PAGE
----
CheetahMen II

CheetahMen II

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Cheetahmen II is an unreleased Nintendo Entertainment System game developed in 1992 by Active Enterprises. This game is literaly “unfinished”, parts of the graphic objects are missing and uncolored or just plain invisible. It’s widely known as being virtually unplayable because of bad programming, and its music has been the subject of many remixes and MADs on Youtube and Nico Nico Douga.


In 1991, Active Enterprises released Action 52, an unlicensed multicart containing 52 games. It became notorious for its high price (US$ 199,00) and for the poor quality of the games included. There was also a featured game in the pack called Cheetahmen, an action game where three half-cheetah/half-human creatures, named Aries, Apollo and Hercules, would battle against mad scientist Dr. Morbis.

Cheetahmen was intended to be a very popular franchise designed to compete with Battletoads and Teenage Mutant Ninja Turtles. There were plans for a line of merchandise, from T-shirts and comics to a television cartoon. However, because of negative reviews, high debts, and failure to properly license their content, Active Enterprises left the videogame industry in 1993.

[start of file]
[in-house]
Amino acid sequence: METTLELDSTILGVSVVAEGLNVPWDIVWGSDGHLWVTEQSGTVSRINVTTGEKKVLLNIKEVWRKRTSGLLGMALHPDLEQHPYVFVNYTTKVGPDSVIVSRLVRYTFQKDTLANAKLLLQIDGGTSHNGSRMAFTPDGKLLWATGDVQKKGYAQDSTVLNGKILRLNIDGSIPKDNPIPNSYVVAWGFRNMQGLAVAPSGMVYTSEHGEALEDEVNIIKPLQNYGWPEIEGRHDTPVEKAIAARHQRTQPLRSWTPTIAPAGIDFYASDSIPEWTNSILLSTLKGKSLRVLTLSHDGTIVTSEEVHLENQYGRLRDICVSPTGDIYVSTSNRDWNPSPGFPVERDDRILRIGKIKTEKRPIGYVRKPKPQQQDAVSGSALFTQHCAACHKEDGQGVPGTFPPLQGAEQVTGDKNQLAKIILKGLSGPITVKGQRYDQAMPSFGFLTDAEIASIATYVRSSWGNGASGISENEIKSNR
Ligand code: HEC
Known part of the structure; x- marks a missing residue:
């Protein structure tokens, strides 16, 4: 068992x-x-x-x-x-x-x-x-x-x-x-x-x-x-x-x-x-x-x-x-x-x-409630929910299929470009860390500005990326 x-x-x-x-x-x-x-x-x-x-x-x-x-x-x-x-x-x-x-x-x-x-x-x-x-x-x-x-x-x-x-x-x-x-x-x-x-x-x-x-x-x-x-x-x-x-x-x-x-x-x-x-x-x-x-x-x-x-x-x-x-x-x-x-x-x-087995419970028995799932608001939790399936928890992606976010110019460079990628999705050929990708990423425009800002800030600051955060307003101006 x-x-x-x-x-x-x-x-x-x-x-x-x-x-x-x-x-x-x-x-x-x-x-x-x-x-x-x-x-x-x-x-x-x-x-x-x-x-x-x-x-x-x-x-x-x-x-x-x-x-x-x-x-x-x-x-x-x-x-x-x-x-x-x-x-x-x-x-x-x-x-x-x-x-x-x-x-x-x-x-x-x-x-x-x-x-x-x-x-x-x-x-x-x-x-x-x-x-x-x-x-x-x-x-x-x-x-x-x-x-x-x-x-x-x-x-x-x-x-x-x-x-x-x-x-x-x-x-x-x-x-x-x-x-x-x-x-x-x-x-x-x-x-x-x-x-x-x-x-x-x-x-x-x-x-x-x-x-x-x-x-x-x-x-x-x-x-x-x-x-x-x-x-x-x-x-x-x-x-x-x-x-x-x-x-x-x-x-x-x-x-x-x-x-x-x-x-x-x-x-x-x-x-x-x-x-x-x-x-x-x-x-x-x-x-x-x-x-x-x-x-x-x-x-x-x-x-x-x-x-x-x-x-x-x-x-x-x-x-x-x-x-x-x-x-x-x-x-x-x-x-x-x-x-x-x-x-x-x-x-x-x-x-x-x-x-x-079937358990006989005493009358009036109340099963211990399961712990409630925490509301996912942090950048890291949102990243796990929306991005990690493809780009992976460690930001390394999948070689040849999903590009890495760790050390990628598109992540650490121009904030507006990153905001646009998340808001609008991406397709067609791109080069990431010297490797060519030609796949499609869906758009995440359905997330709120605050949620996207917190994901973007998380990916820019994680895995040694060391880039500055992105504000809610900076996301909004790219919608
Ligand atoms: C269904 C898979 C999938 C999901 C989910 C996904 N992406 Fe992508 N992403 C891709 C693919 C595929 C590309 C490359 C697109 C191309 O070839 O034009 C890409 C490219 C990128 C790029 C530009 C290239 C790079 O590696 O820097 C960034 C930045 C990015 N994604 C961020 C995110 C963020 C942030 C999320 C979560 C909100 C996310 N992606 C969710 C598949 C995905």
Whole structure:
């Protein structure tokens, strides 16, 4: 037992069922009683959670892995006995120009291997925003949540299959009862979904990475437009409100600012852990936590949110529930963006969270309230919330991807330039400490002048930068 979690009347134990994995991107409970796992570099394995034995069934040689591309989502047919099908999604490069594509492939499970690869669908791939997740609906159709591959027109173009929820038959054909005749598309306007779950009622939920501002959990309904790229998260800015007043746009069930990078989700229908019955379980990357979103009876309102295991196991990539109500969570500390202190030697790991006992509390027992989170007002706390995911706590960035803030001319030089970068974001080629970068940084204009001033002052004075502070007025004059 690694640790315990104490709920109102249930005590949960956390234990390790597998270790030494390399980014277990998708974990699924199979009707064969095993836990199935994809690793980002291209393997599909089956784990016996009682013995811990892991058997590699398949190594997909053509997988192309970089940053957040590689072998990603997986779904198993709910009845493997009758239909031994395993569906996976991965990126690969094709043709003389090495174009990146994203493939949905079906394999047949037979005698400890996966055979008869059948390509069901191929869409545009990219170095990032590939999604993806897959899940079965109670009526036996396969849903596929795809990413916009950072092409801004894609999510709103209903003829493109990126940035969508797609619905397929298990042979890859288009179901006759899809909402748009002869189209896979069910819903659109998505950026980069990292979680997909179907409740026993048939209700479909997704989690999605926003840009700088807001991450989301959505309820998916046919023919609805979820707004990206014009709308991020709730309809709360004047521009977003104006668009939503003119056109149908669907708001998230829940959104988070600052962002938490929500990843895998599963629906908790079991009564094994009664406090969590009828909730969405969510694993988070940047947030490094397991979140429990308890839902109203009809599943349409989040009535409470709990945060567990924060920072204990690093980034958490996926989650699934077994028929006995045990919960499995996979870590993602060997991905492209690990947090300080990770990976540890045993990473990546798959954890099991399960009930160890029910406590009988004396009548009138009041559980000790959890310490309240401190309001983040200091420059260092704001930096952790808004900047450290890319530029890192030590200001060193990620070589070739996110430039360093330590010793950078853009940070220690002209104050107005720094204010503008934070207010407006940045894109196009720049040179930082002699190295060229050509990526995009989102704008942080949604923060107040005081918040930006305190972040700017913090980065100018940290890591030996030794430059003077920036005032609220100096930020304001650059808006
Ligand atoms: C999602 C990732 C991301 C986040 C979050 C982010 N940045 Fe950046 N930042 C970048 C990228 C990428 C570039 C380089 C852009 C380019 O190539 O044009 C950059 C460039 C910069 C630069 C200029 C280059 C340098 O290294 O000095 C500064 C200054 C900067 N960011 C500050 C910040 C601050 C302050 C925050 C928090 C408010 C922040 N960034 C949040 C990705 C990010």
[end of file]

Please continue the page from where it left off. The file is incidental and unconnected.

A sequel for Cheetahmen was planned and partially-developed in 1992, but was never released.

Unsubstantiated rumors tell a tale of 1500 copies of the game found in a warehouse in 1997 which were then sold or otherwise distributed.

Meme origin

In 2007, videos showing gameplay of Cheetahmen 2 were posted on Nico Nico Douga. The background music proved to be popular, as more videos were uploaded as MADs and remixes.

At Comic Market 73, December 31 2007, Dangerous Mezashi Cat released the album Cheetah in the Dark, containing 6 tracks with Cheetahmen remixes.



Fake remakes

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Top Comment


There is a problem with this, Oclaf. Fixing a game to where it is nicer and easier to play is a great gesture, but how can you fix a game that is wholly discombobulated to the core without remaking the game entirely? Enterprises should have realized that putting 52 games into one NES cartridge was a hilariously-fruitless idea. They overestimated the quality of the NES’s space and rushed the 52 spitwads and expected $200 out of it. It just cannot be fixed without revamping the game entirely.


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